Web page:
Becker’s Orthopedic Review Asks Dr. Mandelbaum About How to Fix The Biggest Problems in Sports Medicine

Dr. Bert Mandelbaum: If you step back and look at what is sports medicine and the tripod of sports medicine — which is prevention, optimize performance and rehabilitation and injury care — [you can see] the business model that we have in this country does not support sports medicine.

It doesn't focus on prevention, [but rather] on how we optimize performance. A lot of times [with sports medicine] and with the injuries we treat, the payer says, "You have 24 visits, but none of the visits involved return to play progression or prevention."

The whole circle of prevention to optimized performance, to injury and back to prevention is inconsistent with our business model.

[To fix it] I think a whole paradigm change has to occur in healthcare reform.

When you look at some of the elements, so much is focused on who is picking up the tab for insurance rather than what you're buying with your insurance.

The key for me when you're talking about sports medicine is about [athlete] empowerment — how to empower the athlete and how to empower the individual who is trying to maintain his fitness and wellness. We're trying to prevent a variety of illnesses in our lives, whether it be heart disease or obesity. These are all important elements of sports medicine, none of which [payers pay for] from primary care all the way to quaternary care [settings].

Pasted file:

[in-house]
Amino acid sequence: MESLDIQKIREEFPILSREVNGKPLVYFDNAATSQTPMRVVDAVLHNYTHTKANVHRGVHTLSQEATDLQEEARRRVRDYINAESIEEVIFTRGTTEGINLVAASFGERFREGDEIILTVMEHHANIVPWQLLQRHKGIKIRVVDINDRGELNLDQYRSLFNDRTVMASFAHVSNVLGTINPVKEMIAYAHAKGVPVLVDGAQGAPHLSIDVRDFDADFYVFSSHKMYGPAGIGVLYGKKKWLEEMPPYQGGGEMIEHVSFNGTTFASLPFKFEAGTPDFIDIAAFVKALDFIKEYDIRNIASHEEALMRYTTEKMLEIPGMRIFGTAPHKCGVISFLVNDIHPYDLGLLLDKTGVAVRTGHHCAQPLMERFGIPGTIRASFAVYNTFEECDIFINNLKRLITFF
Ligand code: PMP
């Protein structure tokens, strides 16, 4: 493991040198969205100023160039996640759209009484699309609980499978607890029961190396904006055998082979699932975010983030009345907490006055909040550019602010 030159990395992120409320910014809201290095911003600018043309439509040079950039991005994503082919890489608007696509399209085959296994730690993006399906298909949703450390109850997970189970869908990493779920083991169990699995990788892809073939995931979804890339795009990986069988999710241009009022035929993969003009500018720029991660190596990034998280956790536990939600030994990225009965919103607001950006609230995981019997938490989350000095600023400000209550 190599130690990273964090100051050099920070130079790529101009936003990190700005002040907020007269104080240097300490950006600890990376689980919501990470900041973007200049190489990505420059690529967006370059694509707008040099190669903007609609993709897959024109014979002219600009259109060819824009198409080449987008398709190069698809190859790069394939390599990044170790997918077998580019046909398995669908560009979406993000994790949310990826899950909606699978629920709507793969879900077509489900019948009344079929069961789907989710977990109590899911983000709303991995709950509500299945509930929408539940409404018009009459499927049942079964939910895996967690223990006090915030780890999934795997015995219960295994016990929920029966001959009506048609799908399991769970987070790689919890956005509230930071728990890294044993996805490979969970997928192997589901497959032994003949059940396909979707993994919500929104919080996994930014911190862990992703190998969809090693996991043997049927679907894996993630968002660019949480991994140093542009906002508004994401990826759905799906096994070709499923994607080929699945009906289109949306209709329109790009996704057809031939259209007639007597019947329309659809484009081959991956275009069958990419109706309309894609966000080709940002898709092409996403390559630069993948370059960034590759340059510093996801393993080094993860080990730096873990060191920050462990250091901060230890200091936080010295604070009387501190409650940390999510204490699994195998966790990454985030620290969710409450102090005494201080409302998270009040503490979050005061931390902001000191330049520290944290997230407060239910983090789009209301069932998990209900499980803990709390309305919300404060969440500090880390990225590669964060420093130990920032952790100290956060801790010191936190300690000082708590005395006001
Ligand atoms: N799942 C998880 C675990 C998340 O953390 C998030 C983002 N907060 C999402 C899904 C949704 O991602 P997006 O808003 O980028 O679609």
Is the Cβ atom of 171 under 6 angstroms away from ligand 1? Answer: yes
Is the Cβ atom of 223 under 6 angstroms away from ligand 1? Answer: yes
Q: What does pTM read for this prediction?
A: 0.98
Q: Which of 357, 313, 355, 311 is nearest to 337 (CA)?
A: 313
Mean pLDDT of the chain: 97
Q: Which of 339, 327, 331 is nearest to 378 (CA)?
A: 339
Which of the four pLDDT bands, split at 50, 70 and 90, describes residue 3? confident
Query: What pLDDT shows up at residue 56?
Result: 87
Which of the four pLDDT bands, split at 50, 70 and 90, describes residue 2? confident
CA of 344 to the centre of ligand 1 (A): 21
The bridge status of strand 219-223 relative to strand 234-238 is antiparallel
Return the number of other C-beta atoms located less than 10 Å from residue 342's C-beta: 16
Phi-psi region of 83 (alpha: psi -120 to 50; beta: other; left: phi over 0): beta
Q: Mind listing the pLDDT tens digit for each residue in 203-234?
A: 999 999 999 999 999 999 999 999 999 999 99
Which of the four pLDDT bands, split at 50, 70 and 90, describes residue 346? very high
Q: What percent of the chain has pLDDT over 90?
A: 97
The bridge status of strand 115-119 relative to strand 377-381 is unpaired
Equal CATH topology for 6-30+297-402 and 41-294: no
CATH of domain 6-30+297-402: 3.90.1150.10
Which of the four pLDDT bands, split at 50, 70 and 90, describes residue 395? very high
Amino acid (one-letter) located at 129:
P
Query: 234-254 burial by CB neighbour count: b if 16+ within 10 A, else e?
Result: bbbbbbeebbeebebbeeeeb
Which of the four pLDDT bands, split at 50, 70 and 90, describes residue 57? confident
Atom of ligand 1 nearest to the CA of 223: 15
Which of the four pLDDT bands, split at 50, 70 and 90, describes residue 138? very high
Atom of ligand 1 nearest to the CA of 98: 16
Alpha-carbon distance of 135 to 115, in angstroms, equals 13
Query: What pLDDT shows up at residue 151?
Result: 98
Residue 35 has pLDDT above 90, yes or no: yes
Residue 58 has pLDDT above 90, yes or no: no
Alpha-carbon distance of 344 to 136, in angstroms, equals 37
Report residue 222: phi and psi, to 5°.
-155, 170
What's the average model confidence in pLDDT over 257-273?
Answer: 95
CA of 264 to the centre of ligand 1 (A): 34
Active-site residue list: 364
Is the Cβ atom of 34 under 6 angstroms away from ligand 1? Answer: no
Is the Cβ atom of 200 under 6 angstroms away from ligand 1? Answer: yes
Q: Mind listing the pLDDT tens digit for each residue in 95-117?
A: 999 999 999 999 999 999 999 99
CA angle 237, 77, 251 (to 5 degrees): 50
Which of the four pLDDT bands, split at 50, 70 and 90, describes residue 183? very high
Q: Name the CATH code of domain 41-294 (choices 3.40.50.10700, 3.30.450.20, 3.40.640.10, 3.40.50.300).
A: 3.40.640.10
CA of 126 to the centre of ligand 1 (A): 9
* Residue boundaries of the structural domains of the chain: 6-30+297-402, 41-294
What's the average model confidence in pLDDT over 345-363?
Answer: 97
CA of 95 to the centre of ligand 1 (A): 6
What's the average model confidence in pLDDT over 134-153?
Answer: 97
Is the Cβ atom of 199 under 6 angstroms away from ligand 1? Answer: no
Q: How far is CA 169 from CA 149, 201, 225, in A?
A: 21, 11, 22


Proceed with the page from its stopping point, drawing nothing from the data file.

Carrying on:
When a primary care physician sees a patient and says "You're 280 pounds overweight, I can refer you to a doctor who can do A, B and C." But when it comes to some of these elements [within healthcare], we're really quite thin when it comes to benefits.

In my view, when you say what's the big problem in sports medicine, we as an industry have to articulate that tripod. I think the central portion is focusing on what it is we do, rather than say what is sports medicine. [It is] also about focusing on the various elements [of the tripod] and how we can develop some type of resource or business model around so we can optimize each consumer and patient situation.

Many times it's not patients we're talking about. We're talking about population management, we're talking about young girls in soccer fields, we're talking about understanding concussions and preventing concussion in high school athletes. These are the big challenges we have from now into the future.

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